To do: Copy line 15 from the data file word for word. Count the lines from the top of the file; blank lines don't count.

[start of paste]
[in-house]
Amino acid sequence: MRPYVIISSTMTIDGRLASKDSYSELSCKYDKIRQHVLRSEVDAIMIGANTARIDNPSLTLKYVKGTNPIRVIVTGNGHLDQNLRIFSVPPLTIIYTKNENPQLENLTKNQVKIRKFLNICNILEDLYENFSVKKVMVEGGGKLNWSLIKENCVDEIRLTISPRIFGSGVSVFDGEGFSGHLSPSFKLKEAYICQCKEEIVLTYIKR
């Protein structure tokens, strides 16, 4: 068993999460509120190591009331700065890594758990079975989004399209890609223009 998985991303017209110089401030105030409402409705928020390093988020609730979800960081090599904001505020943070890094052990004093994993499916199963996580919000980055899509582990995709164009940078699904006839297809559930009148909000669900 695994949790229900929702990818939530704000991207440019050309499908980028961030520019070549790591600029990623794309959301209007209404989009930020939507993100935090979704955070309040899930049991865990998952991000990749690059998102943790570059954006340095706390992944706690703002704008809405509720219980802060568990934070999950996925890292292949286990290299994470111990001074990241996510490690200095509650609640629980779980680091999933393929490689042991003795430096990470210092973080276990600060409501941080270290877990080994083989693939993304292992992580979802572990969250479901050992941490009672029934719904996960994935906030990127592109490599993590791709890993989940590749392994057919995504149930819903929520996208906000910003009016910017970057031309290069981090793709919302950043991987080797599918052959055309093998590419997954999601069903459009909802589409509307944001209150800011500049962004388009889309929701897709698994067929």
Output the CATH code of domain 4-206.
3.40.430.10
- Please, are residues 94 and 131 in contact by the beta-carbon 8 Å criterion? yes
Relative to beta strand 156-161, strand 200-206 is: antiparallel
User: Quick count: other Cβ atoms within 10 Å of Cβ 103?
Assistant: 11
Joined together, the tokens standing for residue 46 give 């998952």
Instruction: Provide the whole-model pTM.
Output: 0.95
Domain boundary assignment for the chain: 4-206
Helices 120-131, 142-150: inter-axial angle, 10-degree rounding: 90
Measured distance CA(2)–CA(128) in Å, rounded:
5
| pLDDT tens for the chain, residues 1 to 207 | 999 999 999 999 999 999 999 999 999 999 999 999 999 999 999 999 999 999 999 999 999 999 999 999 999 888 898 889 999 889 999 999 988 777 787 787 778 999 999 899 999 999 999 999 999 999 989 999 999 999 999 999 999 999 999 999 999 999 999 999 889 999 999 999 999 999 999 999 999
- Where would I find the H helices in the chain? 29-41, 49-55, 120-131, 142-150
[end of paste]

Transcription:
Measured distance CA(2)–CA(128) in Å, rounded: